Video captures the moon photobombing the sun

The moon performed the ultimate photobomb this week as it moved in front of the sun, blocking its glowing surface with a dark silhouette as a satellite watched.

The GOES solar-observing satellite and its SUVI (Solar Ultraviolet Imager) instrument captured the cosmic show while observing the hot outer atmosphere, or corona, of the sun.

The photobomb was a solar eclipse visible only in space that lasted several hours.

The satellite observes solar emissions that act as warning signals of solar flares, which can cause blackouts on Earth, and captured a filament that erupted at the northwestern edge near the pole once the moon disappeared.

“Yet we can see isolated periods of geomagnetic storms at G1 (minor) level due to the influence of fast solar wind from a coronal hole,” EarthSky reports.

The moon moved in front of the sun, blocking the glowing surface with a dark silhouette during an eclipse visible only in space

The moon cast a silhouette between 10:30 and 12:00 UTC on November 23.

An image of the moon blocking out part of the sun was shared on Twitter, where one user commented, “the moon looks like it’s taking a bite out of the sun.”

Solar emission observations aid in the early detection of solar flares, coronal mass ejections (CMEs), and other phenomena affecting the geospace environment.

The early warning given when SUVI observes a solar flare comes at least 15 hours before the corresponding CME arrives on Earth.

The GOES satellite observing the sun and its SUVI (Solar Ultraviolet Imager) instrument observe the hot outer atmosphere, or corona, of the sun.

The GOES satellite observing the sun and its SUVI (Solar Ultraviolet Imager) instrument observe the hot outer atmosphere, or corona, of the sun.

The moon seemed to come out of nowhere.  An image of the moon blocking out part of the sun was shared on Twitter, where one user commented 'the moon looks like it's taking a bite out of the sun'

The moon seemed to come out of nowhere. An image of the moon blocking out part of the sun was shared on Twitter, where one user commented ‘the moon looks like it’s taking a bite out of the sun’

CMEs are large ejections of plasma and magnetic fields from the sun’s corona.

They can eject billions of tons of coronal material and carry an embedded magnetic field (frozen in flux) stronger than the background strength of the interplanetary magnetic field (IMF) of the solar wind.

While this solar eclipse could not be seen from Earth, on November 8, those in the US witnessed a stunning cosmic display of a reddish-hued moon hanging in the dark sky.

Known as a blood moon, it occurs when the Earth’s shadow covers the moon, blocking the reflection of all direct sunlight – this causes the moon’s color to fade and turn a coppery red.

Peak totality — the eclipse stage where the moon is completely in Earth’s shadow — occurred around 5 a.m. ET.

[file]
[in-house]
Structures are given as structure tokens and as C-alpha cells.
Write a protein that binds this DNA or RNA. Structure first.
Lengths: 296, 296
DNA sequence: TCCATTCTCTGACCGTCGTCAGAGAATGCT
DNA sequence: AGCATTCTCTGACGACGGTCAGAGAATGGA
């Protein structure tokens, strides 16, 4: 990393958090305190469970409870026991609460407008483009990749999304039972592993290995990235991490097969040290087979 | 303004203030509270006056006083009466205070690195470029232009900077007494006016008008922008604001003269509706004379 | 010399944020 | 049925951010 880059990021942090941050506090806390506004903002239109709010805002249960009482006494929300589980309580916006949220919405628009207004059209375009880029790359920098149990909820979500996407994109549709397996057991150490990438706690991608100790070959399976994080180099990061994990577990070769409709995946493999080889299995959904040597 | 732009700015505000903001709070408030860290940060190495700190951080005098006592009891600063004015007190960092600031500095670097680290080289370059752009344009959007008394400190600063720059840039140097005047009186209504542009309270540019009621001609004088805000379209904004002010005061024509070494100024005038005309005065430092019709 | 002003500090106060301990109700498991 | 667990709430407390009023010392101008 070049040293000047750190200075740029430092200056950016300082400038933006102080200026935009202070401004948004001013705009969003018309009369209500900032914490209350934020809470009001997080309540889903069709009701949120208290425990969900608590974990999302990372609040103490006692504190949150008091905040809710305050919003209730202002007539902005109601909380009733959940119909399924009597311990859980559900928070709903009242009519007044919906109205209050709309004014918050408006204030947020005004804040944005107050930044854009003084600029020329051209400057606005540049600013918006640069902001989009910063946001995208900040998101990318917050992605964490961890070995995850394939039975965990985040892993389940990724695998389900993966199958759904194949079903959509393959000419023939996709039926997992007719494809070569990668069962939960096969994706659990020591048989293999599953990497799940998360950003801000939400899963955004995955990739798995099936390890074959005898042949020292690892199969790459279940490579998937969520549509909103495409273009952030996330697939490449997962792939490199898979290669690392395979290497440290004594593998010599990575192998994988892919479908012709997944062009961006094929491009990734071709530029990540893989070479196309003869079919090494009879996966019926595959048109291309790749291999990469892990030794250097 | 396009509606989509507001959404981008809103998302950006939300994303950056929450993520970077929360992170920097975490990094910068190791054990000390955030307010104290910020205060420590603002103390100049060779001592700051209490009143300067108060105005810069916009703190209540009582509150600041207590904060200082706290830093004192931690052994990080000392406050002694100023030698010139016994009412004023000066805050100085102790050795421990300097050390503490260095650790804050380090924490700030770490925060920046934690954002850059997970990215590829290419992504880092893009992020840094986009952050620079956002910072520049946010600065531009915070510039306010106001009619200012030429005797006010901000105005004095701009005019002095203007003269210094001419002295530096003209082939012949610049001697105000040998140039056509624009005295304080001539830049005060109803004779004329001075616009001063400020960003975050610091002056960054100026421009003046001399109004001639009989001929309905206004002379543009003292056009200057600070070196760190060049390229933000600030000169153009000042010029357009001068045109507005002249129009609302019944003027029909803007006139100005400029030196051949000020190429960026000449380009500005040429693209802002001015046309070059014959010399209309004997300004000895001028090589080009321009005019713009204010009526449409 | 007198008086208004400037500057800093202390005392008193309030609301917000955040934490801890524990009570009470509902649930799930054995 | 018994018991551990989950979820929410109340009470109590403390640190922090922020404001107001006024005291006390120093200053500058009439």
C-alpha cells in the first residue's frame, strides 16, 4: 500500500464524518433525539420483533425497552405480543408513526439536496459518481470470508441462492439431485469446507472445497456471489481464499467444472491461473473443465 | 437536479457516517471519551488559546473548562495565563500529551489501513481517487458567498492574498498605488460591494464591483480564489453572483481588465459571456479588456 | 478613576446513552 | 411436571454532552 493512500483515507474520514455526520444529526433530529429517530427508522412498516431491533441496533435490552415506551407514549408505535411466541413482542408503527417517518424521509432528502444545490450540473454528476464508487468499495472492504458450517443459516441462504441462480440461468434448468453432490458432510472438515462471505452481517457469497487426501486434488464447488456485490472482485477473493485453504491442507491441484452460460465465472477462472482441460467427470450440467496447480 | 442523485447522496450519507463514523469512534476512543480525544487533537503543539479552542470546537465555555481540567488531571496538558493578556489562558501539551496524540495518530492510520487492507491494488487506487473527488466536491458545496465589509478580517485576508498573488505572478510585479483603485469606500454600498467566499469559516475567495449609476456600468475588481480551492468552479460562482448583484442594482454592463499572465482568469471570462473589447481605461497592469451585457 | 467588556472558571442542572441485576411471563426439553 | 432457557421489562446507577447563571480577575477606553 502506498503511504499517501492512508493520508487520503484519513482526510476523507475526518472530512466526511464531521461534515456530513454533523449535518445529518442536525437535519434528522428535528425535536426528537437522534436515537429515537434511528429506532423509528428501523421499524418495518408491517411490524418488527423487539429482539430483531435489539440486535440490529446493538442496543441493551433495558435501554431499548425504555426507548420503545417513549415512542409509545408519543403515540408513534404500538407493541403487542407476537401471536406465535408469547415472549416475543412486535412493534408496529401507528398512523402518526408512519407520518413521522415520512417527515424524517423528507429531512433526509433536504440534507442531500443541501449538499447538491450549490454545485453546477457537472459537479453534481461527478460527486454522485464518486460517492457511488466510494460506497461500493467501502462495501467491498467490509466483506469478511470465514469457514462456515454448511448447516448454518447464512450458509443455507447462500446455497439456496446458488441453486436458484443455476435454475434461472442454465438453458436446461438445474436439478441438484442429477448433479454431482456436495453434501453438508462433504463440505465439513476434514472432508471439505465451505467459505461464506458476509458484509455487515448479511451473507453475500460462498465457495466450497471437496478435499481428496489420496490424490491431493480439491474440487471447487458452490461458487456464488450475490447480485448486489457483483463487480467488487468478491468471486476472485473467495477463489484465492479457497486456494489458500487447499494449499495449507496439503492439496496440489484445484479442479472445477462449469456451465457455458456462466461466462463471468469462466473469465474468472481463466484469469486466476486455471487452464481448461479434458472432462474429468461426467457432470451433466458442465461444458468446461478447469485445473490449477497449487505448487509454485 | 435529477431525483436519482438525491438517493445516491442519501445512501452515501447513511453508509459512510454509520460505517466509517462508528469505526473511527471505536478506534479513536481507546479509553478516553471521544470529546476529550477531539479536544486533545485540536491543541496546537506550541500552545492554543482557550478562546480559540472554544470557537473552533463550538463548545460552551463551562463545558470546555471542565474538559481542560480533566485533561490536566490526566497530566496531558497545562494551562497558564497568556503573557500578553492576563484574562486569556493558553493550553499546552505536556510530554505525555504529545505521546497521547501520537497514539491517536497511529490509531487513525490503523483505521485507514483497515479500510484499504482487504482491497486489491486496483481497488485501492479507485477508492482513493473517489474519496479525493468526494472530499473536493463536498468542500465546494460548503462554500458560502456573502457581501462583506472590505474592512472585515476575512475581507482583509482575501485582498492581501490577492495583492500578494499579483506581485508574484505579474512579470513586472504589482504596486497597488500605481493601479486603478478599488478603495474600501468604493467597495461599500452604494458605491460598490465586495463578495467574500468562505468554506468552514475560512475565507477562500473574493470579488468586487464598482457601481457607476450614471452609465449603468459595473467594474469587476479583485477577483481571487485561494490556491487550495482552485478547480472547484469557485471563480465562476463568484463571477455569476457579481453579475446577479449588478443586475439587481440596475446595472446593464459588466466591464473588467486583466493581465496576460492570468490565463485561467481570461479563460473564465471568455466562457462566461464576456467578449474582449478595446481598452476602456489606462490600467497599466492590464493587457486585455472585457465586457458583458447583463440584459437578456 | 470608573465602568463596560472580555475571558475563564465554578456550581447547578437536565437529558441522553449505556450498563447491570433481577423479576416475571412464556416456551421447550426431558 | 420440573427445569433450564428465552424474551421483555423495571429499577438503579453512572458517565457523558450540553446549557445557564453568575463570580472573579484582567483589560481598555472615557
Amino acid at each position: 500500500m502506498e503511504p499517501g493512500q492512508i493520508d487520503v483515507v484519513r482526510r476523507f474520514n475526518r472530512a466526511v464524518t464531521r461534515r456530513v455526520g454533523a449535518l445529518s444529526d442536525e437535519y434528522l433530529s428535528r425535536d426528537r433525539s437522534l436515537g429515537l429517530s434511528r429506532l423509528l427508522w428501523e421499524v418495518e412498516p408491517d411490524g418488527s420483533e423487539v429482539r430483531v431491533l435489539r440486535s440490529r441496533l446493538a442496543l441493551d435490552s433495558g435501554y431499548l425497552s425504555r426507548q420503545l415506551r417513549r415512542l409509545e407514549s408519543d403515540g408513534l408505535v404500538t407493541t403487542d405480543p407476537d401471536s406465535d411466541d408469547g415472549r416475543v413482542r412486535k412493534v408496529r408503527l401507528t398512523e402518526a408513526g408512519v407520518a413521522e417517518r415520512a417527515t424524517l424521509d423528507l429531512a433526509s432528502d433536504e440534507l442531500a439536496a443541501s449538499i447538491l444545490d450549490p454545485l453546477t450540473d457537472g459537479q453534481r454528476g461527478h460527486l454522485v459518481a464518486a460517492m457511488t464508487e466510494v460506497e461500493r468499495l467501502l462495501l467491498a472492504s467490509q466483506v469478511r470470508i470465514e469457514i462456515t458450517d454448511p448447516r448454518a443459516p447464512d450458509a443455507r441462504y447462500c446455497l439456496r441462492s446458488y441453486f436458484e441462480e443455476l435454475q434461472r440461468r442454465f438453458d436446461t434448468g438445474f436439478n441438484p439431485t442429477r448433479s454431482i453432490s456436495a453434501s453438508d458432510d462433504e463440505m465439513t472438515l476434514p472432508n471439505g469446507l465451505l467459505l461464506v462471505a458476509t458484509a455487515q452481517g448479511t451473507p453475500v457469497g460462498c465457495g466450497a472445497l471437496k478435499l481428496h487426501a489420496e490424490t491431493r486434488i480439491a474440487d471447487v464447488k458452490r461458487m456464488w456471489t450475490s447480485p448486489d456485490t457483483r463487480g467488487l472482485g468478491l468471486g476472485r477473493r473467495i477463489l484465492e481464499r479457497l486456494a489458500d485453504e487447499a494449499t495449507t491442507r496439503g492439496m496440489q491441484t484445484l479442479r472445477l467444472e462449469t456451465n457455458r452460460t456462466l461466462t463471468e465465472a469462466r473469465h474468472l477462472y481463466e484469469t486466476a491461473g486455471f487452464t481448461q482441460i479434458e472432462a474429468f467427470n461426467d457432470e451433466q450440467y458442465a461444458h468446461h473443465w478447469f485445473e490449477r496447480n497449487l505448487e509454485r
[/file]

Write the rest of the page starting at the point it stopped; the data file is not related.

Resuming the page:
The large, red moon was visible over New York City, Washington DC, Virginia and other parts of the US until it turned silver again about two hours later.

The satellite observes solar emissions that act as warning signals of solar flares, which could cause blackouts on Earth, but the solar activity captured during the photobombing is considered low

The satellite observes solar emissions that act as warning signals of solar flares, which could cause blackouts on Earth, but the solar activity captured during the photobombing is considered low

While this solar eclipse could not be seen from Earth, on November 8, those in the US witnessed a stunning cosmic display of a reddish-hued moon hanging in the dark sky.

While this solar eclipse could not be seen from Earth, on November 8, those in the US witnessed a stunning cosmic display of a reddish-hued moon hanging in the dark sky.

Tuesday’s event marks the second blood moon this year, following one in mid-May, with the next not expected until March 14, 2025.

The eclipse was also visible in East Asia, Australia, the Pacific, South America and all of North America.

Skywatchers in Asia and Australia spotted it with their evening moonrise.

At the same time, the spectacle played out for observers in other parts of North America in the early morning hours before the moon set.

And it was visible to the naked eye wherever the sky was clear in those regions.

The entire eclipse unfolded for nearly six hours as the moon gradually entered Earth’s paler outer shadow, the “penumbra,” and then entered Earth’s darker inner shadow, or “umbra,” before reaching totality and finally vanishing from Earth. came out the other side.

NASA said the moon was 242,740 miles from Earth during this lunar event that lasted about 90 minutes.

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